Things you’ll only know if you’re halfway through Dry January
It probably all started off so well: As Dry January got underway you eschewed wine and gin for non-alcoholic alternatives, happy to leave the booziness of the festive season behind. But now, two weeks in, there have definitely been some challenges.
And there are some challenges ahead, too. The next fortnight is when people start to come out of social hibernation and dare to have an after-work drink (or two). It’s just one of the moments you’ll realise you’re in a select group – those who only know how it feels to be halfway through Dry January. Here’s what you will probably be feeling right now…
People will do anything to persuade you to have a drink
Guilt tripping is all about their own issues, remember, but it’s true, people will want you to join them when they decide it’s wine time again after two weeks of avoiding the corkscrew. ‘Come on, nobody will know,’ and, ‘But I can’t have a drink on my own!’ will be phrases you hear in the coming days and weeks.
People might try and persuade you this is ‘your secret’ but it’s guaranteed they’ll let slip when you’re telling people you made it through the month.
The jokes will also come thick and fast. As you tell someone you’ve not seen for two weeks that you’re doing Dry January, they’ll reply, ‘Me too! Dry gin, dry white wine…’ LOLS. Not.
You don’t miss hangovers
Oh no. Not one bit. You have, however, forgotten just how evil they can be, which means you have no sympathy for anyone in your vicinity who is suffering with one. You’re that annoying person who wants to go for a country walk at 9am on a Sunday morning. Stand down – they didn’t ask you to do this.
There’s only so much fizzy water you can drink
On the plus side, that Soda Stream you got for Christmas in anticipation of this month is worth its weight in gold. Now’s the time to start experimenting with syrups to boost that watery quagmire you’re stuck in. You stock up on citrus fruit and ginger, ready to make your very own mocktail to drink while watching Friday night TV.
You haven’t lost that much weight yet
‘I’ll give up wine and be like a Victoria’s Secret model by Feb!’ you thought. Now, two weeks in, you might feel a little less bloated but you’ve still got a way to go before those old jeans will do up. Fear not, there’s a simple solution – you need to cut down on the puddings you’re having instead of an espresso martini…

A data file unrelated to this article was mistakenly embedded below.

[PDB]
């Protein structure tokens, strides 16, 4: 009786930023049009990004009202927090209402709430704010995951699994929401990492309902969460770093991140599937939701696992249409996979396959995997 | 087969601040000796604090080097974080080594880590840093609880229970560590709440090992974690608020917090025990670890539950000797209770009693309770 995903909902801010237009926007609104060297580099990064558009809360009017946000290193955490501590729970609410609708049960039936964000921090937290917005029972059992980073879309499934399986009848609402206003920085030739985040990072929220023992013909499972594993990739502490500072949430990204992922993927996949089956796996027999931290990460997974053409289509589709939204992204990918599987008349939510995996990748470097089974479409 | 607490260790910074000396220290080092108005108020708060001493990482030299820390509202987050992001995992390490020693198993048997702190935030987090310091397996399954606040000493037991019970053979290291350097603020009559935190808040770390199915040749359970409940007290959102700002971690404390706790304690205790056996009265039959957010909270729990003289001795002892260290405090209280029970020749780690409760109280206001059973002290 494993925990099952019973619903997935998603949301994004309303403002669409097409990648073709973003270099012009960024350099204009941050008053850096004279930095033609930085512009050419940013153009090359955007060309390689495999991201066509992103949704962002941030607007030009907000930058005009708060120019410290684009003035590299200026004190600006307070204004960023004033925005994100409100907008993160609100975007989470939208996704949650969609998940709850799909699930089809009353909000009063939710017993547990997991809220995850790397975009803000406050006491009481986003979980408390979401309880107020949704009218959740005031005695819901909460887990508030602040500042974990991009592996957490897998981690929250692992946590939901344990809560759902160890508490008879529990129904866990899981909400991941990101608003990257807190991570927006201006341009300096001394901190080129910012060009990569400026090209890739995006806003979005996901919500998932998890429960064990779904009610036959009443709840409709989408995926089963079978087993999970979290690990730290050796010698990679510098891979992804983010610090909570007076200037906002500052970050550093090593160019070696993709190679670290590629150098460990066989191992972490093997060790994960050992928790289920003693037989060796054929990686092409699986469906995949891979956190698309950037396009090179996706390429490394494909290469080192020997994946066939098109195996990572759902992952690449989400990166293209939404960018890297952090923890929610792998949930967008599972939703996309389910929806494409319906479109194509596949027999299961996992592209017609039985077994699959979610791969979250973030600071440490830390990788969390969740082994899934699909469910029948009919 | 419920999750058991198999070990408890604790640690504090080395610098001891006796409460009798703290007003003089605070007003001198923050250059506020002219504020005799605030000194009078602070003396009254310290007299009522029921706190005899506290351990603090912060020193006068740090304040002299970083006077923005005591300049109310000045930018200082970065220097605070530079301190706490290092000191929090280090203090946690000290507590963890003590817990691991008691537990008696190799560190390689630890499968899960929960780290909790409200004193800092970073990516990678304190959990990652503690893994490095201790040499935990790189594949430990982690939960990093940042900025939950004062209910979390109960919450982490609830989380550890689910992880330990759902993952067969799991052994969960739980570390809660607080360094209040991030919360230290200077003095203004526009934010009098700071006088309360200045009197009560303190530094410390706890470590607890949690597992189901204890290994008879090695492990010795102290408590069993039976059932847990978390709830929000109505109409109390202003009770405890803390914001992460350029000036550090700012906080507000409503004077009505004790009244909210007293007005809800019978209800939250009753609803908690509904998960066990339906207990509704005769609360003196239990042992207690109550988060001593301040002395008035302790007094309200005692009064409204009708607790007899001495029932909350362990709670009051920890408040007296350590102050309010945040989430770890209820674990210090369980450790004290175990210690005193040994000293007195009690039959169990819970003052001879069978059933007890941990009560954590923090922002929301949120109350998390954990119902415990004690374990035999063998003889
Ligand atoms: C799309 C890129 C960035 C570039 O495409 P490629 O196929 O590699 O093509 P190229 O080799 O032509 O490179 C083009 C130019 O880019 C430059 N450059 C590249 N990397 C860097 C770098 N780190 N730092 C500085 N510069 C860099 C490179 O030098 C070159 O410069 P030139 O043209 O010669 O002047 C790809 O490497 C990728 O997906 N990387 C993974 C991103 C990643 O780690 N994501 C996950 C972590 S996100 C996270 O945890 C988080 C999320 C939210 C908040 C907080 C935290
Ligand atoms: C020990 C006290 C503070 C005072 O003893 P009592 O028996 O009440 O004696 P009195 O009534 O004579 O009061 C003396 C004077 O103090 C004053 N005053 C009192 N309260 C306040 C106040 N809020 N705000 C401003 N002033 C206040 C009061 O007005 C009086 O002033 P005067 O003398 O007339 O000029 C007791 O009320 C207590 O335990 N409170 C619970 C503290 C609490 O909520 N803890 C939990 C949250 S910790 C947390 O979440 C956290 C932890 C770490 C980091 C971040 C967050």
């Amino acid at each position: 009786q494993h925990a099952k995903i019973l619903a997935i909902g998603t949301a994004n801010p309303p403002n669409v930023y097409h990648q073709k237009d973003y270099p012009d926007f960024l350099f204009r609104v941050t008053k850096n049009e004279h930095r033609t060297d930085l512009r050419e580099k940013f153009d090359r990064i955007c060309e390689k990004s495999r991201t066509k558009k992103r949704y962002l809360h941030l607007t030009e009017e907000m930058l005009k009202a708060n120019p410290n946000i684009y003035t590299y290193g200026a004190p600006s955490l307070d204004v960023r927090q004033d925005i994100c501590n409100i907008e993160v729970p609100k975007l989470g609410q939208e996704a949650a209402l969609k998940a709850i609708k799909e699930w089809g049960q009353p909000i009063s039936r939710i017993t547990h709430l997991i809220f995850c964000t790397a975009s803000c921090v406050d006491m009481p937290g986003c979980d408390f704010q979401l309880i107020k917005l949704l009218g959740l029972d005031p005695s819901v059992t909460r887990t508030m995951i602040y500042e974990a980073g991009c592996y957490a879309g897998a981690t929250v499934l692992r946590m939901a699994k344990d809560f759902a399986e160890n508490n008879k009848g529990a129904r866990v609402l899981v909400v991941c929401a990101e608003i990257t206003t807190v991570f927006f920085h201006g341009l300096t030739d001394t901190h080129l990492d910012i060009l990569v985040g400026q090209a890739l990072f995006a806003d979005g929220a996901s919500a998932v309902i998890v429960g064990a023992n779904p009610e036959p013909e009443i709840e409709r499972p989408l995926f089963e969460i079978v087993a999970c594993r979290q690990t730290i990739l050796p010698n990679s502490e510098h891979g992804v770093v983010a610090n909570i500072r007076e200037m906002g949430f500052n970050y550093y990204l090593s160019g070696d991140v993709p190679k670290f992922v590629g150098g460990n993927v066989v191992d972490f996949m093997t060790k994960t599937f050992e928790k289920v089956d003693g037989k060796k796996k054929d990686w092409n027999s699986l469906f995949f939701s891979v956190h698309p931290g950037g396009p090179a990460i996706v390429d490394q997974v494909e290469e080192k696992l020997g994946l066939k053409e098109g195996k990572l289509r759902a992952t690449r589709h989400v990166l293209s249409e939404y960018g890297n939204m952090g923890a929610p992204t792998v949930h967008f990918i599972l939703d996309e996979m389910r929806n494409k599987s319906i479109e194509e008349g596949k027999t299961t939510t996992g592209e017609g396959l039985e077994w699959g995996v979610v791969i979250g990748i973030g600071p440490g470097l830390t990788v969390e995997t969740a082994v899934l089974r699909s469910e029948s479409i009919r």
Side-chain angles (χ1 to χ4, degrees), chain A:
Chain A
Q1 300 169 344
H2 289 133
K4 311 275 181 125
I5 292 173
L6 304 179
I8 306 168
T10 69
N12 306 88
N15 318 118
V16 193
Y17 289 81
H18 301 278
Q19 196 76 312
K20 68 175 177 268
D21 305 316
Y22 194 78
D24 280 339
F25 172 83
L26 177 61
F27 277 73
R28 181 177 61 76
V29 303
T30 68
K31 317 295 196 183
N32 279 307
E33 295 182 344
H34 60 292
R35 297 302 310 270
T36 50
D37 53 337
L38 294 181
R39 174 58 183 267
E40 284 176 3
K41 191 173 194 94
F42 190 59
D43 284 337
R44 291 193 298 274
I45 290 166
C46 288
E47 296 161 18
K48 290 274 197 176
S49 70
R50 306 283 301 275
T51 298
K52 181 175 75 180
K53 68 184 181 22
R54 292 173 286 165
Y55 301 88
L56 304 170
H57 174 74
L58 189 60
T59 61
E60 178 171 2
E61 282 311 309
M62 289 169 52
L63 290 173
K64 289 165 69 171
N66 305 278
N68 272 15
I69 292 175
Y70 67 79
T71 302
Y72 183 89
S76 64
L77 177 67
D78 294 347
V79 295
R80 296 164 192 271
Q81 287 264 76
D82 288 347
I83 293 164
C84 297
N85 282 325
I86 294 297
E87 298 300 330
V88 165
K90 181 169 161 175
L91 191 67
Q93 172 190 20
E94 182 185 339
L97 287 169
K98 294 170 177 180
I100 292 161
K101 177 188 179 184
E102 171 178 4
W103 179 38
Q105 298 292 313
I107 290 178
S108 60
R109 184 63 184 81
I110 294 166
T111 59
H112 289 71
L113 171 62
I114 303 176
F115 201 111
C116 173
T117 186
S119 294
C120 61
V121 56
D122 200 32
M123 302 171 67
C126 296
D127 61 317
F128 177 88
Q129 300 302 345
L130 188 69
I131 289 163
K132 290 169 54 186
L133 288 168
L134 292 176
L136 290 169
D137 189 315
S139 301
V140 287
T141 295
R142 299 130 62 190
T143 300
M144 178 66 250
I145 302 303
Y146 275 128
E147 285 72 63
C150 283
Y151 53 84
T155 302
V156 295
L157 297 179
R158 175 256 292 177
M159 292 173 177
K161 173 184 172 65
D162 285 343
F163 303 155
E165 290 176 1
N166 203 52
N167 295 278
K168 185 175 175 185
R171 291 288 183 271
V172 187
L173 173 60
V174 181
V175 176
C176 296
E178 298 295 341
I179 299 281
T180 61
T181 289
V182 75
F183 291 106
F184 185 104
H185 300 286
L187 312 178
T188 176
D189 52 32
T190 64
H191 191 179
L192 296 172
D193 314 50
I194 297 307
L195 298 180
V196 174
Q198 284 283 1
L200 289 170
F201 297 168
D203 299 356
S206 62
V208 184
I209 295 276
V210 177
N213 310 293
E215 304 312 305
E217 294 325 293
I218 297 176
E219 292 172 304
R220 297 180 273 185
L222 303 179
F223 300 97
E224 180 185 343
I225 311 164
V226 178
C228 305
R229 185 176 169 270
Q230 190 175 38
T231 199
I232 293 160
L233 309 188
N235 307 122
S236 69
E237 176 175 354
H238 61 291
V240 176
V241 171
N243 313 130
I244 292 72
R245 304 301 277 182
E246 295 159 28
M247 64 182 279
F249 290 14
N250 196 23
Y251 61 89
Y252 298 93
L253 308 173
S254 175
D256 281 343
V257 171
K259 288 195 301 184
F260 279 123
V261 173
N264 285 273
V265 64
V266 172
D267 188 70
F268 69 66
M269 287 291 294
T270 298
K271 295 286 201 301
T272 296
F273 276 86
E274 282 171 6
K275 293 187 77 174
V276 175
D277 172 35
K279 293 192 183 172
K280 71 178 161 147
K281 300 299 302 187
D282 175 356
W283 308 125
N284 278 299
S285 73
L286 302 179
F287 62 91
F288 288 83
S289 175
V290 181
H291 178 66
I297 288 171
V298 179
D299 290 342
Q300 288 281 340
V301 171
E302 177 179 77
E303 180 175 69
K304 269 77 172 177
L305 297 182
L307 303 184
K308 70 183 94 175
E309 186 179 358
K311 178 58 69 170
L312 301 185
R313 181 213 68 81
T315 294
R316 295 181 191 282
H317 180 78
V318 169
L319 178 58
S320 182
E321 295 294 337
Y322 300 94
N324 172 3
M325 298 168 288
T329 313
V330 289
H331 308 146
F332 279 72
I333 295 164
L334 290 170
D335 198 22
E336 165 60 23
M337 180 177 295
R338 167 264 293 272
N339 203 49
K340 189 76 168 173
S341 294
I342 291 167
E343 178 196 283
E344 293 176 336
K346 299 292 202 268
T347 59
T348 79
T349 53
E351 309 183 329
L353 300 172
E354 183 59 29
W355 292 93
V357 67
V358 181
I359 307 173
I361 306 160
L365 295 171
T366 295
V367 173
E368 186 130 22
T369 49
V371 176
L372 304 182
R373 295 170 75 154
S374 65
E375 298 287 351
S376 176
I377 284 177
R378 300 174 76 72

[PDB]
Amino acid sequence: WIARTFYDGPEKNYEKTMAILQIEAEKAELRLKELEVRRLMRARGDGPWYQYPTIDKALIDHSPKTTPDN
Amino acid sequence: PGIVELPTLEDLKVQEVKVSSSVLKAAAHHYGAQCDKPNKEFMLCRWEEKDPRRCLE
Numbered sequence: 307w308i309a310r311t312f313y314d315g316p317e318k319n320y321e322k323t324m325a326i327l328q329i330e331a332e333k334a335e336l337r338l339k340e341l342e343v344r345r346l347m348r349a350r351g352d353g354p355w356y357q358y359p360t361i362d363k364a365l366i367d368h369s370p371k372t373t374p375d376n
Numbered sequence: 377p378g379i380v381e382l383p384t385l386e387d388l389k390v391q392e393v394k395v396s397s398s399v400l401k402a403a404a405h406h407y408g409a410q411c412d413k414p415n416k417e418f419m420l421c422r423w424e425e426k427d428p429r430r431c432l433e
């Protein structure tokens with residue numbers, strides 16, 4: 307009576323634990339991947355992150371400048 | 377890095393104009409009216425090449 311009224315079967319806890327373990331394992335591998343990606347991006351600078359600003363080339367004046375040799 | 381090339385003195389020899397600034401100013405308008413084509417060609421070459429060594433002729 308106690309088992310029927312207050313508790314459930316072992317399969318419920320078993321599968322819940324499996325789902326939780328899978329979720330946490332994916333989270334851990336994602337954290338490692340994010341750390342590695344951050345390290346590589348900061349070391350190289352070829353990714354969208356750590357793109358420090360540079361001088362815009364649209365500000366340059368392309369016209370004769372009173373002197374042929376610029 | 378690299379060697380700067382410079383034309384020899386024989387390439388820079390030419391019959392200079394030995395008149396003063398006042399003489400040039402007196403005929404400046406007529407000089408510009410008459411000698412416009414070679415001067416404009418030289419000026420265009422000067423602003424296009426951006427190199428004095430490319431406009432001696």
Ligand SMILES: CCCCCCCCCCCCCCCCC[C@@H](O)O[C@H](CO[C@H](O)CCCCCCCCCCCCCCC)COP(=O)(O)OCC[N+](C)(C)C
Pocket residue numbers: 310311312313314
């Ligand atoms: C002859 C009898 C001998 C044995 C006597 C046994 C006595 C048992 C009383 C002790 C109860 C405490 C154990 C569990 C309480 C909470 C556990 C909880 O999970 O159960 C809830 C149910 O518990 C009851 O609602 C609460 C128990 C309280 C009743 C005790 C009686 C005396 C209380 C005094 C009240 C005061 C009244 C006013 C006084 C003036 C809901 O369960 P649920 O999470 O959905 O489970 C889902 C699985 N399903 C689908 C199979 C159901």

The smugness is real
Yes, yes, you tell people, two weeks in, not a drop has passed your lips. And you’re right to feel a little smug. After all, this is a big challenge and you’re nailing it! Word to the wise, though – reign it in a little. After all, there’s that dinner party next weekend, and you always love to have a glass of chilled white wine with the hostess. You don’t want (smug) pride to come before a fall.
You’ve perfected your plan for weak moments
Still, you’re prepared! That white wine will not break you. You’ve downloaded an app to keep track of your non-drinking, and you’ve got a lovely non-alcoholic alternative to take with you to sip through the meal.
You have soda and lime in a gin glass or sparkling grape juice in a wine glass so it feels like ‘the real thing’. The only other thing to remember is to not go on too much about your sobriety. And reminding people what they’ve said or done when drunk isn’t kind either.
You look great in all your photos
No drunken, squiffy-eyed snaps for you. Your skin might be clearer from avoiding the booze, too. It’s like a real-life filter.
Your bank balance isn’t as full as you expected
OK, so you feel like a pain because you’ve not gone in on a round at the pub, and you asked how much your portion of the bill was without prosecco, but hey, you’ve got enough for those shoes you’ve seen. Haven’t you? Hold on… ah, that manicure you treated yourself to when you managed your first weekend, plus all those fancy non-alcoholic drinks, have added up after all.
You might actually do this again
Yes, you’ve already had the thought – you could do this, because you’re already half way through. And as another weekend beckons with no fuzzy head or regrets, you think, ‘Why not do this every January?’ But let’s see how the next fortnight goes, OK?